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A Test in Producing a Visual Capture of Speech
Diana Archangeli, a UA linguistics professor, is heading up a team using ultrasound and a range of other devices to create a technology that would enable the detection of words without auditory queues.
Simply studying how people speak will not lead to the best understanding of why some individuals have difficulty pronouncing certain words or learning a second language.
To address this challenge, a University of Arizona research team is using ultrasound and other equipment to produce technology that would map the mouth's interior to aid in analyzing exactly how sound is produced.
Diana Archangeli, a UA linguistics professor, is heading up the project, "Arizona Articulatory, Acoustic, and Visual Speech Database." It is meant to improve what is known about how words are formed in the mouth and, thereby, advancing what is known about speech.
"Learning a language involves mastering the exquisitely-timed coordination of multiple articulators – lips, tongue, velum and glottis – yet all but the lips are invisible to the language learner, hidden within the mouth," Archangeli said.
"When someone is listening to speech, there is often a lot of other noise going on," she said. "One question we are trying to figure out is what we do when the audio signal isn’t enough?"
The project has implications for different types of language research, people learning to play certain wind instruments and may eventually aid individuals who have had their larynx removed.
The team recently earned a $30,000 Arts, Humanities & Social Sciences Grants for Faculty grant, a UA funding program established to aid University researchers in transitioning promising projects from conception to application. Other members include Ian Fasel, an assistant research professor of computer science, and Jeff Berry and Jae Hyun Sung, both graduate students in the linguistics department.
For now, Archangeli's team is using equipment to reocrd lip and tongue movements by capturing video recordings of the mouth, jaw and tongue while simultaneously recording the audio signal and measuring both vocal fold vibration and nasal airflow.
"If we want to understand how people make sound, you want to measure everything," Fasel said.
While other technologies exist to capture such images, including X-ray and magnetic resonance imaging, or MRI, the team opted to use ultrasound – positioned between the chin when recording data – because it is non-toxic, and portable, both for fieldwork and classroom purposes.
The team's research will be fed into a new database to be called TIMIT-UA, which will expand upon TIMIT, a widely used speech recognition database that has been supported by the work of researchers at Texas Instruments and the Massachusetts Institute of Technology. The UA's contribution is the addition of ultrasound and video data.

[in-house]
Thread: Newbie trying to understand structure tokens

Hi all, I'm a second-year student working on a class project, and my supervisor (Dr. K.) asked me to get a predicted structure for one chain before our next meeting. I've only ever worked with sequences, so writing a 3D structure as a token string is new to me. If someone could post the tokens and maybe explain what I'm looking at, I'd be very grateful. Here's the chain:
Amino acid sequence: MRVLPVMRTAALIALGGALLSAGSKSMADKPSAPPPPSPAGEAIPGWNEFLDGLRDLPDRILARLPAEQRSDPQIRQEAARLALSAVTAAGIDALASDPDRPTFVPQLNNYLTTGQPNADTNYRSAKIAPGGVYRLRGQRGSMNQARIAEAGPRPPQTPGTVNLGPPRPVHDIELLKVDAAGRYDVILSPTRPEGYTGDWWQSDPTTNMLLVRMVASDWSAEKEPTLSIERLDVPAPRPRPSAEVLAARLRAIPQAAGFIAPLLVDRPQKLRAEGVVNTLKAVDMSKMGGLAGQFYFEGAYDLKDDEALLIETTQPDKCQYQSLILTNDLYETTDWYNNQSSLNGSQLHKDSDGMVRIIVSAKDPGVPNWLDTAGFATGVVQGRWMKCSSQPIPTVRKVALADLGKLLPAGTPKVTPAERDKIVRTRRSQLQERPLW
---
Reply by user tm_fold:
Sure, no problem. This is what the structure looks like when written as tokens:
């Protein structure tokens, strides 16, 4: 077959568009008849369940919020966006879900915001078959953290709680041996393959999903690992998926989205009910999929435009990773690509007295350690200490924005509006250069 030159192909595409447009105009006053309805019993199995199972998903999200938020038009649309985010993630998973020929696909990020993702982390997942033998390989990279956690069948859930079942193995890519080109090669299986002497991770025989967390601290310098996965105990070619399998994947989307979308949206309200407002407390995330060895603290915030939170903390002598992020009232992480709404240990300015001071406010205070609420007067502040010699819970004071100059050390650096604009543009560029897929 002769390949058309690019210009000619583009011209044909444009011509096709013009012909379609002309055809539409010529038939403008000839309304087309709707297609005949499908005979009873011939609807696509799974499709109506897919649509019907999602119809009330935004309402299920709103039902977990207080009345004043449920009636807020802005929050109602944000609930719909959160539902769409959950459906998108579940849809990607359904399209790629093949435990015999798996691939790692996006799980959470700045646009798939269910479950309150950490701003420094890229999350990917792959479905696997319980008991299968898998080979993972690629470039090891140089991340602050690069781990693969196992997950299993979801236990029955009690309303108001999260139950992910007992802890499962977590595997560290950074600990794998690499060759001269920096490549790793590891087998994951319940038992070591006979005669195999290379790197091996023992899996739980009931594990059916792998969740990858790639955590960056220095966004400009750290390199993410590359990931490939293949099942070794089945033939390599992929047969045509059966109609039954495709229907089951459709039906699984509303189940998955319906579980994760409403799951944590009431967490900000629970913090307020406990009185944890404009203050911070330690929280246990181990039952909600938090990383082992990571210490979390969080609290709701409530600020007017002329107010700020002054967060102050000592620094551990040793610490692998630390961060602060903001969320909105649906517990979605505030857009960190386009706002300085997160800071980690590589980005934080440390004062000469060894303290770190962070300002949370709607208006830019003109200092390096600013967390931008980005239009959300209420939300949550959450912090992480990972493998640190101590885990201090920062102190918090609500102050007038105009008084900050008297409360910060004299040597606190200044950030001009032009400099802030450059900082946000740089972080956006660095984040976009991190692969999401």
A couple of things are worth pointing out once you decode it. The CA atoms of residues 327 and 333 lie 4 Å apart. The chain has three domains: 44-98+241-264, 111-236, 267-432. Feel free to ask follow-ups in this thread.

Though the project only recently earned grant funding, the team's work already has been accepted for presentation.
Fasel co-authored a paper that been accepted for presentation during the Computational Neuroscience Meeting to be held in July in San Antonio.
Next month, Archangeli, Fasel and Berry's collaborative research will be presented at Laboratory Phonology in Albuquerque. Also, another paper co-authored by Fasel and Berry is slated to be presented at the International Conference on Pattern Recognition, to be held in Istanbul, Turkey in August.
Paul Cohen, the UA computer science department head, said he expects the team members and their research – particularly with the database – will garner increased attention.
"I am quite pleased that this work is concerned equally with advancing our scientific understanding of human production and perception of language as it is with potential technological applications," said Cohen, who also directs the UA School of Information Sciences, Technology and Arts.
He said the project is a clear example of researchers utilizing advanced machine learning technologies with broad-based uses and to improve knowledge in the social sciences.
For instance, it takes a skilled researcher about 20 minutes to manually draw a four-second video of tongue contours – a taxing and time-consuming effort to improve speech recognition, said Berry, a doctoral degree student.
But producing a computer program that would be able to collect and interpret such data more quickly and without human intervention – as the team intends – would be a boon, Berry said. The team intends for its technology, when complete, to be able to capture and trace 30 frames per second in real time.
Fasel and Archangeli said this is the type of application that would be especially helpful in classrooms where educators are teaching language or music.
Archangeli offered for an example the different ways to articulate the sound of the sound "R" in speaking in English, one in which the tongue slopes upward; the other in which the tongue bunches up, forming a dome just behind the teeth.
This, Archangeli said, may contribute to reasons why “R” is a challenging sound for some learners of English to master.
But if learners are able to see their tongues in motion, as the team's technology allows, this would help improve language acquisition, Fasel said.
"Now, an expert is required," Fasel added. "But if you had a computer system to do this, you can imagine this being in classrooms and helping students learn."